The long-awaited new Resource Management Plan for the Tres Rios Field Office of the Bureau of Land Management, which covers the lands of Southwest Colorado, finally has been released.
The implications of the RMP are many, too many to deal with in a short column such as this. I have chosen to look only at how gas and oil leasing decisions would be made for lands that are privately owned but have gas and oil owned by the federal government. These lands, known as split-estate lands, include land scattered throughout San Miguel, Dolores, Montezuma, La Plata, Archuleta and Mineral counties.
For those whose private land is underlain by federal minerals, and who want to know what could happen with their land, good luck. The information about where these lands are and how the BLM might go about leasing them is scattered throughout three massive documents.
One hundred percent of the 319,957 acres of split-estate lands are made available for leasing. Yet even this number is unclear. In another part of the documents, there are only 255,973 such acres. Regardless, if you own any of this land, you may have a drill rig show up.
The primary safeguards are known as lease stipulations. These can include No Surface Occupancy, which prohibits use or occupancy of the surface, although the minerals are available through directional drilling. This is clearly the most restrictive. While it is very hard to tell for sure, it appears this applies to none of the private surface lands.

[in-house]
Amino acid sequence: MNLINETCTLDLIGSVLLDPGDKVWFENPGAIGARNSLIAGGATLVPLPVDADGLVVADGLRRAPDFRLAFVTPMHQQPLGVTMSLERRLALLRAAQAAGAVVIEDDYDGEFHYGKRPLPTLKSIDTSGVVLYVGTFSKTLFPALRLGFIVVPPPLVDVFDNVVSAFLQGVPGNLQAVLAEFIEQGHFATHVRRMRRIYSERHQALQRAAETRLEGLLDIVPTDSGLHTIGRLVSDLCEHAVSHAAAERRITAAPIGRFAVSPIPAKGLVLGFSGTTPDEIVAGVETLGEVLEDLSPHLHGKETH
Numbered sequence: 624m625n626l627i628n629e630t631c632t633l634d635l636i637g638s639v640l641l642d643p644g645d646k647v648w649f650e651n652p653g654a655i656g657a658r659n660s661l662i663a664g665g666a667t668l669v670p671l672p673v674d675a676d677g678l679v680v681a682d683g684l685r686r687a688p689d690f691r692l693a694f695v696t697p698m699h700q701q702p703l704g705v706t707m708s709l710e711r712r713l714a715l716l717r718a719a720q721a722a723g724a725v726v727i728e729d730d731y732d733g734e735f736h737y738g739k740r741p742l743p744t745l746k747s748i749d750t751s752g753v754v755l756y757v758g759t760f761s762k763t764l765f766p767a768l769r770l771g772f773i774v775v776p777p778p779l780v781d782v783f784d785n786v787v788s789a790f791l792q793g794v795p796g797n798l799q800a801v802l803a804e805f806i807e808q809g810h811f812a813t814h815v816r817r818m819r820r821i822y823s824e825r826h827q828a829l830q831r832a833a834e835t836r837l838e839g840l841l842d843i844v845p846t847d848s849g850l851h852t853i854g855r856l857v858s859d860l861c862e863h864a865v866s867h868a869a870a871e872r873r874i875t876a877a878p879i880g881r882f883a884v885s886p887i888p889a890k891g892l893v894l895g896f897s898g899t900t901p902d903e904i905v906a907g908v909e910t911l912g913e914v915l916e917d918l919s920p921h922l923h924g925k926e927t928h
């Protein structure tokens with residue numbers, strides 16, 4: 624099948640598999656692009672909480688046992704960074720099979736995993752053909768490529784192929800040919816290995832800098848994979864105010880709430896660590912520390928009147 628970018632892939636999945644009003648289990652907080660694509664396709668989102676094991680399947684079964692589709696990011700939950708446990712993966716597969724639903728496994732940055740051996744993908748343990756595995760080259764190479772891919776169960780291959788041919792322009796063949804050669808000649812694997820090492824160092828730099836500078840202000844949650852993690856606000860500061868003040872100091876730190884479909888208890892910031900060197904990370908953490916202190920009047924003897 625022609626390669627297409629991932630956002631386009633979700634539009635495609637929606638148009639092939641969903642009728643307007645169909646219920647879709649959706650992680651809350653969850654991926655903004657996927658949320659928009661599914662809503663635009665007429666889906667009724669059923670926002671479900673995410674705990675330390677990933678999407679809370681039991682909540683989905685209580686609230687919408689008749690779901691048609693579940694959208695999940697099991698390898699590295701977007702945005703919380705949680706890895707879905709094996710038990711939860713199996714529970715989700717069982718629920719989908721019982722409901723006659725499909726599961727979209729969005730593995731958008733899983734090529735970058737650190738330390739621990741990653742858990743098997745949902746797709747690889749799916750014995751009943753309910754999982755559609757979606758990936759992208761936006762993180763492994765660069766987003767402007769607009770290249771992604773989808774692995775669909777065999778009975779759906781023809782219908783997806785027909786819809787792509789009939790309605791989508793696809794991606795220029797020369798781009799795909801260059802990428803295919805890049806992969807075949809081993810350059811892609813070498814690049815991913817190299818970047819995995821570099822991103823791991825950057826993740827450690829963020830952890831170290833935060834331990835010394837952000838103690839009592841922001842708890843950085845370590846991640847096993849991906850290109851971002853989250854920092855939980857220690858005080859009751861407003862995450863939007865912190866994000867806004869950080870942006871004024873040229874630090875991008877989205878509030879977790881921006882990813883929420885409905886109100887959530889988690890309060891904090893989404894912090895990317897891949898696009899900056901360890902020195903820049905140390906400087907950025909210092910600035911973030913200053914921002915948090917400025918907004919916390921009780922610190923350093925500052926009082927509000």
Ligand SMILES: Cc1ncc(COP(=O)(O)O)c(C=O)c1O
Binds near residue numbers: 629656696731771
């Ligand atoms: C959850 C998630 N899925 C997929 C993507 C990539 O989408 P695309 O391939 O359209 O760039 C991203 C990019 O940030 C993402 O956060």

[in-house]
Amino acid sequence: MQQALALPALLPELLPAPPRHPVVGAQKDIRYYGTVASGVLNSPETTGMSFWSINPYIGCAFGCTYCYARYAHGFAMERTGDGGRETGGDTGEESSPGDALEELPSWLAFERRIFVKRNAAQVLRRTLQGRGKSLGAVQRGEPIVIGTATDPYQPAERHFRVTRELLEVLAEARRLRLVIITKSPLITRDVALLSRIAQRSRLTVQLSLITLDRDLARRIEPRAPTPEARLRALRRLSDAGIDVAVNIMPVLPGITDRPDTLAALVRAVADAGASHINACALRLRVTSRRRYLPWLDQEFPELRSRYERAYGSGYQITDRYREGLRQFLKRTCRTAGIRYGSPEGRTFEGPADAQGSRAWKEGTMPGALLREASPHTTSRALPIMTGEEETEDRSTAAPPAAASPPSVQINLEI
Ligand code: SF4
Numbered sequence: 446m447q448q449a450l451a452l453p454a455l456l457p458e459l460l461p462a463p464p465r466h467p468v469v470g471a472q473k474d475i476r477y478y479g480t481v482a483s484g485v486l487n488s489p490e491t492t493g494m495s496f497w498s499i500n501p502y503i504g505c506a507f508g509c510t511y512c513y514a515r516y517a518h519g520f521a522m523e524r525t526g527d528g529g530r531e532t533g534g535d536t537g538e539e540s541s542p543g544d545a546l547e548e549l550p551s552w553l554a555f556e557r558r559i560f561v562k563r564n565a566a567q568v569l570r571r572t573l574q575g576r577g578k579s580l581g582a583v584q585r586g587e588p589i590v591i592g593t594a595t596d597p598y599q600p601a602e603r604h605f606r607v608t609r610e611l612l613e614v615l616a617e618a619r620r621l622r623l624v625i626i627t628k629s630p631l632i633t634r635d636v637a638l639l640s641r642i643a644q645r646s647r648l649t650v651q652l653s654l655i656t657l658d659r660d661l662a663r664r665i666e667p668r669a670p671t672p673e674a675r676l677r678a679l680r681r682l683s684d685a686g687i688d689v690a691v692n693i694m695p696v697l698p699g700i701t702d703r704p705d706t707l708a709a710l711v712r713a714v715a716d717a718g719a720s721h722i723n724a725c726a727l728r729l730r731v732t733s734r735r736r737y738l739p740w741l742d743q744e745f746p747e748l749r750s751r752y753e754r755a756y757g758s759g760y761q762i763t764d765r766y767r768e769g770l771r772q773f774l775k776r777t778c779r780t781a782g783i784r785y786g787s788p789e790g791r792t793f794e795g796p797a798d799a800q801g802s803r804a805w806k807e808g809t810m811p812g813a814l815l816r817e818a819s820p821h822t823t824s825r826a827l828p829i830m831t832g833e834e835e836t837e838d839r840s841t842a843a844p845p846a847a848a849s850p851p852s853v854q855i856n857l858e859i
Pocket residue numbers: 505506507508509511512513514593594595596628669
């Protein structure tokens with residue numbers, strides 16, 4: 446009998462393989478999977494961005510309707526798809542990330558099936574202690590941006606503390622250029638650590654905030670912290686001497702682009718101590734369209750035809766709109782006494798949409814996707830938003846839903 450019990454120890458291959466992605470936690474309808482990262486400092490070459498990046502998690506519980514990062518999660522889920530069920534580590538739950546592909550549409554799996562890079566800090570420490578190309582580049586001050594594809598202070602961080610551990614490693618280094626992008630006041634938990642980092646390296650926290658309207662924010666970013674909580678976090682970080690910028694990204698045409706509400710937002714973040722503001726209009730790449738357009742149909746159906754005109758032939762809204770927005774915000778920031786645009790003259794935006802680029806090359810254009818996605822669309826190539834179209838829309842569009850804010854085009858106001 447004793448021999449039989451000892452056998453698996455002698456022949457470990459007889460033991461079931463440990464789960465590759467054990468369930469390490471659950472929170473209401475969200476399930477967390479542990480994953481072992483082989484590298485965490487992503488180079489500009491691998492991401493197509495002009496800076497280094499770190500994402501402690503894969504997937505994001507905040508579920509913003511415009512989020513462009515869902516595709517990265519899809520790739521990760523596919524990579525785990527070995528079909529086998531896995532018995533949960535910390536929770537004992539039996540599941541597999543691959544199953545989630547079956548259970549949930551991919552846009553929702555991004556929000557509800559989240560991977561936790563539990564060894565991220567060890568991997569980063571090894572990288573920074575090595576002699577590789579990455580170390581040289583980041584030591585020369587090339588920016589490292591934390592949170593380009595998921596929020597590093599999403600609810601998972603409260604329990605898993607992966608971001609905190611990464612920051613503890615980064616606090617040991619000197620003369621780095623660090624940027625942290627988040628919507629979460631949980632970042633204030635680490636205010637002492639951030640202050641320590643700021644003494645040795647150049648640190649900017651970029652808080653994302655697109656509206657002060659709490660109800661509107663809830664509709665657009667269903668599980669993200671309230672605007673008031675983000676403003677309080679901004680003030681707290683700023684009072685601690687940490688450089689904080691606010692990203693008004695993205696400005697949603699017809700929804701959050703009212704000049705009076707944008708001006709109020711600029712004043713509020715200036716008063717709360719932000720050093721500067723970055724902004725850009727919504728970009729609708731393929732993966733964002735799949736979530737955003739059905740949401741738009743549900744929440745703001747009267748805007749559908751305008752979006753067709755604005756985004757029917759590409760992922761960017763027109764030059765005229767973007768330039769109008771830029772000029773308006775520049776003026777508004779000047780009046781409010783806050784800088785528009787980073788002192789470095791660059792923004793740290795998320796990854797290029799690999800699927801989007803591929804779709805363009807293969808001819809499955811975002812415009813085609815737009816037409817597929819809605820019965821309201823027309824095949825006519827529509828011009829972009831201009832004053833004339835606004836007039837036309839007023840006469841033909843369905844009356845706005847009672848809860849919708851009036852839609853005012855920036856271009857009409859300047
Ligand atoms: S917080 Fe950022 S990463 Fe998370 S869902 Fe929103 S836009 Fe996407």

The next level are either Controlled Surface Use or Timing Limitation stipulations. As the names imply, these can require well pads, roads or pipelines to be kept from certain areas or can limit drilling, fracking or other major activities to certain times of year. These are typically used to protect such things as elk calving areas during calving season or archaeological areas. Again, the documents, as large as they are, make it virtually impossible to ascertain what lands are given these protections. It is clear they apply to some of the split-estate lands, but for many landowners, clarity is not available.
The areas not covered by any of these special stipulations nonetheless are covered by standard stipulations. These cover things such as distances from streams and steep slopes. They require the “minimization” of adverse impacts to air, water, land, other land uses, etc., but do allow year-round use and occupancy.
On individual leases, additional “reasonable” measures can be put in place, but may not require more than a 200-meter relocation of a well, road or pipeline and no more than 60 days a year of timing limitations.
For more than two decades, landowners have tried to get the BLM to recognize the impacts to homes, ranches, farms, private wildlife or forest areas. Unfortunately, it appears our local office has largely ignored them. As one of the largest mineral owners in the area, more consideration is warranted.
Landowners can protest by Oct. 21, but with the shutdown of BLM offices, good luck finding out exactly what stipulations your land was given. The documents are online at http://www.fs.usda.gov/detail/sanjuan/landmanagement/planning/?cid=stelprdb5432707.
firstname.lastname@example.org. Dan Randolph is executive director of the San Juan Citizens Alliance.